Jupiter, FL

We settled into our campsite at Jonathan Dickinson State Park (apparently Florida really enjoys naming state parks after bros names ‘Jonathan’) with hopes of running a 6-hour ultramarathon in preparation for a 100-mile ultramarathon that was on my calendar for later in April.

A few days into our stay at Jonathan Dickinson, the 6-hour had been cancelled. And then the 100-miler had been cancelled. And then our campsite at the state park had been cancelled.

Coronavirus may have made its debut on the shores of the U.S.A in January, but in typical American fashion, nobody cared too much, few people gave two shits about it until early to mid-March. And then everything toppled like a Jenga game of plans and reservations.

Because Coronavirus was finally wielding its crown to gain notoriety, we also began enacting some measures of our own. These measures mostly involved just staying home.

And not hammocking because at J.Dickinson hammocking is outlawed. Which I hate. And honestly, should have protested about.

And hanging with the turtles at J. Dickinson. Which roamed freely and frequently. And were gigantic and not afraid of any woman, or any cat. I wish my buddy Jonathan (not of Jonathan Dickinson or Pennekamp fame – or Campendium fame) was there to talk about turtles with me. Instead, I only had Lucy. She doesn’t talk, she just sniffs a lot and bops their shells with her paw before running away terrified. I’m glad she runs away. Because these guys did not give the impression that their daily routine – which could be guessed by the turtle trails they had created – would be thwarted without a fight.

I also spent some time being sad about ultramarathons being cancelled. And sad about how achy my muscles were from high mileage training months. And now the muscles wouldn’t be used to carry my obnoxious numbers of miles through the day and night.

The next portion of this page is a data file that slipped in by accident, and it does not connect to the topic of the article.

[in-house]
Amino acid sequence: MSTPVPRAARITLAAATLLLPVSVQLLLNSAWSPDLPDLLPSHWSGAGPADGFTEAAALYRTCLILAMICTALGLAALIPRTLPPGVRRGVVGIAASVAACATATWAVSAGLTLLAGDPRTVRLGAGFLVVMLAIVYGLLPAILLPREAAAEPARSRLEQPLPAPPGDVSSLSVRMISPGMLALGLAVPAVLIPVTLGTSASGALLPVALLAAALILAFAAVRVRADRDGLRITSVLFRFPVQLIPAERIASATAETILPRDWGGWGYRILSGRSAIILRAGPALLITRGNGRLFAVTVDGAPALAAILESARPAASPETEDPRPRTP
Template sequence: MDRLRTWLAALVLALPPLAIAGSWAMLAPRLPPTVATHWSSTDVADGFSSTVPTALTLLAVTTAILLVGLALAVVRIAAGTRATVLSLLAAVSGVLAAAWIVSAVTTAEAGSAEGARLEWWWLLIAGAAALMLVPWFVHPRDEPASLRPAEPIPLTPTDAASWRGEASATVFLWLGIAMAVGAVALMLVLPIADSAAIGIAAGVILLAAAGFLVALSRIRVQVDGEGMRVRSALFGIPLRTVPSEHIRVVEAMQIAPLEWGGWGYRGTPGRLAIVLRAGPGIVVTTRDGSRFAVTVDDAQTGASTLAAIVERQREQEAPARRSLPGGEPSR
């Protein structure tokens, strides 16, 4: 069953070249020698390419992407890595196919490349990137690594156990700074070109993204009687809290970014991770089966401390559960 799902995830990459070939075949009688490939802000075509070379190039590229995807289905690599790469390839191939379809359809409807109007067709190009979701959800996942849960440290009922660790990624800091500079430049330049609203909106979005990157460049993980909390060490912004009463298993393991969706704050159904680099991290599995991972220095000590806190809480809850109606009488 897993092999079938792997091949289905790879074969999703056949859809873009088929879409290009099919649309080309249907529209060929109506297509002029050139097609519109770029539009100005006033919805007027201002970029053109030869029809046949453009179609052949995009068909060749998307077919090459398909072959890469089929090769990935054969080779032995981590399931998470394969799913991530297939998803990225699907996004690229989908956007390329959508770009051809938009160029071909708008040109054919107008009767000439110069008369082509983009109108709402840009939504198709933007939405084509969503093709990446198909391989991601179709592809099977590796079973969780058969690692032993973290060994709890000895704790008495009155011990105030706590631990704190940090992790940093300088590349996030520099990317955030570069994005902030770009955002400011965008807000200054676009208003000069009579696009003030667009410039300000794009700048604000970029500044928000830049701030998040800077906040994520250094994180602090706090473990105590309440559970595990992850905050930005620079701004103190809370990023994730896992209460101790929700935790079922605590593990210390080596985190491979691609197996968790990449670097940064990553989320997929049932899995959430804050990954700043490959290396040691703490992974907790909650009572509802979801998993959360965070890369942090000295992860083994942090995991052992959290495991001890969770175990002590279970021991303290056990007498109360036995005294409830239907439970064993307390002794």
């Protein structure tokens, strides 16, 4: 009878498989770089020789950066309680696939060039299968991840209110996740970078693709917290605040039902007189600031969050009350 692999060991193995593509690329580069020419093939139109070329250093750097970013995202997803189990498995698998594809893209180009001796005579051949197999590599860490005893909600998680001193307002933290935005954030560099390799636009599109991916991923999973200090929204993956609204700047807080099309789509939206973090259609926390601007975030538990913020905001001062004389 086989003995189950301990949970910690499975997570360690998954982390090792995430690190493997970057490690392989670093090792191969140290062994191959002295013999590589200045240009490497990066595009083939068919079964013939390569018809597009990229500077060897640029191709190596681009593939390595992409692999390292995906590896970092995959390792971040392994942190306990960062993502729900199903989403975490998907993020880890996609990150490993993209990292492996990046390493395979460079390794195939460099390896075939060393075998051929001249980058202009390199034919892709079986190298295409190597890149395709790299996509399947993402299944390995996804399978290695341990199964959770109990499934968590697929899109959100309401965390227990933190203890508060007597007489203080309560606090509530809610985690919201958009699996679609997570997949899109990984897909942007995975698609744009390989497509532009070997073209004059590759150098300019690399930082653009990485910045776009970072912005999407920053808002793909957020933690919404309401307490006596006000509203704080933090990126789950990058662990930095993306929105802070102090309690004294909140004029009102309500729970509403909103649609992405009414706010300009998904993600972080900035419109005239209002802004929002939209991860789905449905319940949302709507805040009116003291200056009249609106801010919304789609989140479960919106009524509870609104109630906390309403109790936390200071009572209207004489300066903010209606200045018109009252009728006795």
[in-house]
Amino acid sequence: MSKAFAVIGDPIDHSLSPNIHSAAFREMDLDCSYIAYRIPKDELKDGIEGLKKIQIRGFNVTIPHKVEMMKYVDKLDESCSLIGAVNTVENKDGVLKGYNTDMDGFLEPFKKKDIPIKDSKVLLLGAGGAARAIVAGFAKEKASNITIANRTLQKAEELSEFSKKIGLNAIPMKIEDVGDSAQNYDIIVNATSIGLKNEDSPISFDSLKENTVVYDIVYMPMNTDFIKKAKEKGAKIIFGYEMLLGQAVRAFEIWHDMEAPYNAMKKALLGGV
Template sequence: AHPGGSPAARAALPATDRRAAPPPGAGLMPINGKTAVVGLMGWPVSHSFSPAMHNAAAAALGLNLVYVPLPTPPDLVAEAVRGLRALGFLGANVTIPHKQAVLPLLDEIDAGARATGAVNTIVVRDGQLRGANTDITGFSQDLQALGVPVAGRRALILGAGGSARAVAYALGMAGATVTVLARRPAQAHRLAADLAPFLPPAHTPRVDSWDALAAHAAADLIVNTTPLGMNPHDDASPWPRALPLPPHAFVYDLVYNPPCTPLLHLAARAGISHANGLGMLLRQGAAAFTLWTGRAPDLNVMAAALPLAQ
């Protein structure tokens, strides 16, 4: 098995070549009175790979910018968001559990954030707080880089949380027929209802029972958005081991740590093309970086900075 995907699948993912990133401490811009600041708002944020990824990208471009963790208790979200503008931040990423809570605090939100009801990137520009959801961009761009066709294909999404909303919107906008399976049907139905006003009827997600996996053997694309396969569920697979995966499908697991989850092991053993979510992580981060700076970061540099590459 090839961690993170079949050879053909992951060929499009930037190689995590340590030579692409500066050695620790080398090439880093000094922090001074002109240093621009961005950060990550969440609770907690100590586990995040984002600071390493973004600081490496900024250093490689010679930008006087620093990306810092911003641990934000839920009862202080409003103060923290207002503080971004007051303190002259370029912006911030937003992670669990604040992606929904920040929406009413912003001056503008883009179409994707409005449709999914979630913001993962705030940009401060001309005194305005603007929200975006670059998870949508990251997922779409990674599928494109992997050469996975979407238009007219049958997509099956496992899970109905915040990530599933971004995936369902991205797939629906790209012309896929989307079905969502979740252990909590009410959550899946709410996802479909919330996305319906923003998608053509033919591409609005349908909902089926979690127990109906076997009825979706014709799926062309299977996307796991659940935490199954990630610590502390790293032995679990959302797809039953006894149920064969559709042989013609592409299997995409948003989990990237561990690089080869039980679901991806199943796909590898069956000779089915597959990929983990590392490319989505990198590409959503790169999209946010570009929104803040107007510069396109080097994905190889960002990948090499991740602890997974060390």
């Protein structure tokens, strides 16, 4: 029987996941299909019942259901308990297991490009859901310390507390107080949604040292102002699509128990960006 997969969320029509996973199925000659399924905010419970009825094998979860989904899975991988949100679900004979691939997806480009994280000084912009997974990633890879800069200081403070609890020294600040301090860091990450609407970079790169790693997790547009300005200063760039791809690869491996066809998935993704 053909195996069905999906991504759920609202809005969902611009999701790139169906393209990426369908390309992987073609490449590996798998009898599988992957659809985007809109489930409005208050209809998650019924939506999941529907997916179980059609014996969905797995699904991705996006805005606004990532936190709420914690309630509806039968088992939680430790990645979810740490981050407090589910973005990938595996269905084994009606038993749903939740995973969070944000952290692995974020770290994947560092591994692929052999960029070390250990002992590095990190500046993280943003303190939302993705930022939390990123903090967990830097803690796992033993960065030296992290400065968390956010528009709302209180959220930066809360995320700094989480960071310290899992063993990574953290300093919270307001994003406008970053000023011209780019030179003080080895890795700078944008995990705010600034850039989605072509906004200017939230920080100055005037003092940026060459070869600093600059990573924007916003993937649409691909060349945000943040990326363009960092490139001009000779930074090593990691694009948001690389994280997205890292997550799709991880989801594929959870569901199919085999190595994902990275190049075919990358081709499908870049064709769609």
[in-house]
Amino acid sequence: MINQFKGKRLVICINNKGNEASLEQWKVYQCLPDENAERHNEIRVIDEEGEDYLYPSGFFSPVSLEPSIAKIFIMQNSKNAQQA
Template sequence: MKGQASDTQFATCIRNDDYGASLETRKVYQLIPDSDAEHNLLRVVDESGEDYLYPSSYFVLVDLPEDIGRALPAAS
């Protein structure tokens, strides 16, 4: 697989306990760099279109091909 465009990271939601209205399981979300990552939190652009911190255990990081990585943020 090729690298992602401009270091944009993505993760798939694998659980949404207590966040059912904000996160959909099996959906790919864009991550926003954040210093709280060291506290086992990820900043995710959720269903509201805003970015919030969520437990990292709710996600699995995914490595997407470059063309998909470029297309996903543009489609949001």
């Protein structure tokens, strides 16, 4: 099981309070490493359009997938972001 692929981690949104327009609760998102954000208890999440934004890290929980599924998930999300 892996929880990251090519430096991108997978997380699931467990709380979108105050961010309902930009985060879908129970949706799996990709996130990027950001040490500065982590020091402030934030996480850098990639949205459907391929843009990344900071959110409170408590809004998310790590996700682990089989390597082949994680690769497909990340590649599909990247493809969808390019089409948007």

Jake made me dinner because he’s nice and wanted me to feel happier. The dinner was compromised of mostly cauliflower, which, apparently, makes my stomach violently revolt. You win some, you end up sitting on the toilet for hours after some.

And then I spent some time being guilty about being sad about running races being cancelled when the virus was slaying people. Making them sick. Making them die.

And I acknowledged my own disappointment about races, then decided to try and help not spread the virus to other people who might get sick and die, and stay home.

But then we had to find a new place to live because Coronavirus catalyzed Florida State Parks to shut down. And J.Dickinson staff decided that meant not letting us transfer to our second reservation for a site a few campsites down from our initial campsite. Safety first, last, and always.

I began spending hours a day – which turned into most hours of the day – tracking campground closures for Campendium, a campground review website that I ‘work’ for. A trickle of closures became a raging river of closures – and we realized we better find another place to stay, being that J.Dickinson was kicking us out. Although, we did have to ask the employees at J.Dickinson if we were being evicted, after noting that Florida State Parks were closing via sources of our own. They never came to tell us we had to leave. I wonder now if we could have just snuck through the entire shut-down without them noticing.

We ended up securing a reservation at an overpriced RV park a few miles up the coast. And that’s about all for Jupiter. We didn’t get the chance to explore outside of our campsite, and a few of the park’s running trails.

But such is life during the time of Coronavirus. Even nomad life.